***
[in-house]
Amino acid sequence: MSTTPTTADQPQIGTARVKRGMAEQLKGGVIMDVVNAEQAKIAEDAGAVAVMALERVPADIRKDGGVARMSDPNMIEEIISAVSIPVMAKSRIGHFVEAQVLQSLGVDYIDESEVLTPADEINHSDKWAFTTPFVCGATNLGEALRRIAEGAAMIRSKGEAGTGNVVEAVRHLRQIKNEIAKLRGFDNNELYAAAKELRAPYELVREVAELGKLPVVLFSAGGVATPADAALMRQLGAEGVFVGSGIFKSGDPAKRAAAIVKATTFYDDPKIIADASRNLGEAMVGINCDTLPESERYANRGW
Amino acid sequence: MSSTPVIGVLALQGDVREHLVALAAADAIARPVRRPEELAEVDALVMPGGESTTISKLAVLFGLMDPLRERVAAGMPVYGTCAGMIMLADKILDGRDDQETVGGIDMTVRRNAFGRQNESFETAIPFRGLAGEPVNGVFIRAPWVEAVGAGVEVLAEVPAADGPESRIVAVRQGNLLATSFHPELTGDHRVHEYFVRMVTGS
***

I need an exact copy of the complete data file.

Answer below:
[in-house]
Amino acid sequence: MSTTPTTADQPQIGTARVKRGMAEQLKGGVIMDVVNAEQAKIAEDAGAVAVMALERVPADIRKDGGVARMSDPNMIEEIISAVSIPVMAKSRIGHFVEAQVLQSLGVDYIDESEVLTPADEINHSDKWAFTTPFVCGATNLGEALRRIAEGAAMIRSKGEAGTGNVVEAVRHLRQIKNEIAKLRGFDNNELYAAAKELRAPYELVREVAELGKLPVVLFSAGGVATPADAALMRQLGAEGVFVGSGIFKSGDPAKRAAAIVKATTFYDDPKIIADASRNLGEAMVGINCDTLPESERYANRGW
Amino acid sequence: MSSTPVIGVLALQGDVREHLVALAAADAIARPVRRPEELAEVDALVMPGGESTTISKLAVLFGLMDPLRERVAAGMPVYGTCAGMIMLADKILDGRDDQETVGGIDMTVRRNAFGRQNESFETAIPFRGLAGEPVNGVFIRAPWVEAVGAGVEVLAEVPAADGPESRIVAVRQGNLLATSFHPELTGDHRVHEYFVRMVTGS